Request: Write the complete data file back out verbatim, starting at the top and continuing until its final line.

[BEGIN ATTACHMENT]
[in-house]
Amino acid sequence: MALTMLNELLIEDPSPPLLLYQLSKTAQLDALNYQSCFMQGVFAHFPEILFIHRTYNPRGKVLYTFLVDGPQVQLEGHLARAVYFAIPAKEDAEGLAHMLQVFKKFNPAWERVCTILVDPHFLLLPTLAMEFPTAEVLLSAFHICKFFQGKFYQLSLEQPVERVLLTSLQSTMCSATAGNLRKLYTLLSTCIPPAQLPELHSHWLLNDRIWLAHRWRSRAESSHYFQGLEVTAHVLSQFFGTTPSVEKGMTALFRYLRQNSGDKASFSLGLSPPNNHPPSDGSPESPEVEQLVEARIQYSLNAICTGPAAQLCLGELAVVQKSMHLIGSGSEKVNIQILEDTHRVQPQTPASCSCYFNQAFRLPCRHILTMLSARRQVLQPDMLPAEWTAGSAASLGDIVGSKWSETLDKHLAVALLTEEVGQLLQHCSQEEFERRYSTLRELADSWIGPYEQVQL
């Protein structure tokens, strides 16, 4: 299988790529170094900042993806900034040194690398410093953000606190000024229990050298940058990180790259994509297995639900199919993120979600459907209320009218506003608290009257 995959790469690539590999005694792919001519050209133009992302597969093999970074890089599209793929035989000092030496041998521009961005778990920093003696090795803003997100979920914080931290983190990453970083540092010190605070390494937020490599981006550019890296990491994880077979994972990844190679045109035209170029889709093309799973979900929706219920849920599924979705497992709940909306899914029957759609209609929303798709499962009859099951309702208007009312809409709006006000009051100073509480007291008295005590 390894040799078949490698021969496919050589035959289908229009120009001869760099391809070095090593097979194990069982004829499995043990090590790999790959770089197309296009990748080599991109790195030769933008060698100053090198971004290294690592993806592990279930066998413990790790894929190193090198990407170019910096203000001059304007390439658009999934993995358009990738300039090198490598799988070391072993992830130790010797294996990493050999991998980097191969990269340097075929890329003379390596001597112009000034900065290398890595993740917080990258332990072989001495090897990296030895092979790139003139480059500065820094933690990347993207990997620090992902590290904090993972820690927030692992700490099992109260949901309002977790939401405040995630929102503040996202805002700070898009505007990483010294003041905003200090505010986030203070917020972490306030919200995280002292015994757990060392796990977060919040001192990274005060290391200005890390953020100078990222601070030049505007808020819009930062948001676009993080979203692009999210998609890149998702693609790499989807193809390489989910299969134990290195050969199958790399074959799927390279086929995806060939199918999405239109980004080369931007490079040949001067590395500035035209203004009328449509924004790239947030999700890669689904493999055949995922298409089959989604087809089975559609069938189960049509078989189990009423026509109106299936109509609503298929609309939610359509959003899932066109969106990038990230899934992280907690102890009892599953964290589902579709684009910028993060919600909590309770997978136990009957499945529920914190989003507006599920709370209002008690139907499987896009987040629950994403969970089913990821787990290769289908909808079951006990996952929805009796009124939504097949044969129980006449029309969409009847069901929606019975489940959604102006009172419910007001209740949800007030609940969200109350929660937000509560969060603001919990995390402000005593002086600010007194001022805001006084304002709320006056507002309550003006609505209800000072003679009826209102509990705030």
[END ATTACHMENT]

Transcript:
[in-house]
Amino acid sequence: MALTMLNELLIEDPSPPLLLYQLSKTAQLDALNYQSCFMQGVFAHFPEILFIHRTYNPRGKVLYTFLVDGPQVQLEGHLARAVYFAIPAKEDAEGLAHMLQVFKKFNPAWERVCTILVDPHFLLLPTLAMEFPTAEVLLSAFHICKFFQGKFYQLSLEQPVERVLLTSLQSTMCSATAGNLRKLYTLLSTCIPPAQLPELHSHWLLNDRIWLAHRWRSRAESSHYFQGLEVTAHVLSQFFGTTPSVEKGMTALFRYLRQNSGDKASFSLGLSPPNNHPPSDGSPESPEVEQLVEARIQYSLNAICTGPAAQLCLGELAVVQKSMHLIGSGSEKVNIQILEDTHRVQPQTPASCSCYFNQAFRLPCRHILTMLSARRQVLQPDMLPAEWTAGSAASLGDIVGSKWSETLDKHLAVALLTEEVGQLLQHCSQEEFERRYSTLRELADSWIGPYEQVQL
């Protein structure tokens, strides 16, 4: 299988790529170094900042993806900034040194690398410093953000606190000024229990050298940058990180790259994509297995639900199919993120979600459907209320009218506003608290009257 995959790469690539590999005694792919001519050209133009992302597969093999970074890089599209793929035989000092030496041998521009961005778990920093003696090795803003997100979920914080931290983190990453970083540092010190605070390494937020490599981006550019890296990491994880077979994972990844190679045109035209170029889709093309799973979900929706219920849920599924979705497992709940909306899914029957759609209609929303798709499962009859099951309702208007009312809409709006006000009051100073509480007291008295005590 390894040799078949490698021969496919050589035959289908229009120009001869760099391809070095090593097979194990069982004829499995043990090590790999790959770089197309296009990748080599991109790195030769933008060698100053090198971004290294690592993806592990279930066998413990790790894929190193090198990407170019910096203000001059304007390439658009999934993995358009990738300039090198490598799988070391072993992830130790010797294996990493050999991998980097191969990269340097075929890329003379390596001597112009000034900065290398890595993740917080990258332990072989001495090897990296030895092979790139003139480059500065820094933690990347993207990997620090992902590290904090993972820690927030692992700490099992109260949901309002977790939401405040995630929102503040996202805002700070898009505007990483010294003041905003200090505010986030203070917020972490306030919200995280002292015994757990060392796990977060919040001192990274005060290391200005890390953020100078990222601070030049505007808020819009930062948001676009993080979203692009999210998609890149998702693609790499989807193809390489989910299969134990290195050969199958790399074959799927390279086929995806060939199918999405239109980004080369931007490079040949001067590395500035035209203004009328449509924004790239947030999700890669689904493999055949995922298409089959989604087809089975559609069938189960049509078989189990009423026509109106299936109509609503298929609309939610359509959003899932066109969106990038990230899934992280907690102890009892599953964290589902579709684009910028993060919600909590309770997978136990009957499945529920914190989003507006599920709370209002008690139907499987896009987040629950994403969970089913990821787990290769289908909808079951006990996952929805009796009124939504097949044969129980006449029309969409009847069901929606019975489940959604102006009172419910007001209740949800007030609940969200109350929660937000509560969060603001919990995390402000005593002086600010007194001022805001006084304002709320006056507002309550003006609505209800000072003679009826209102509990705030």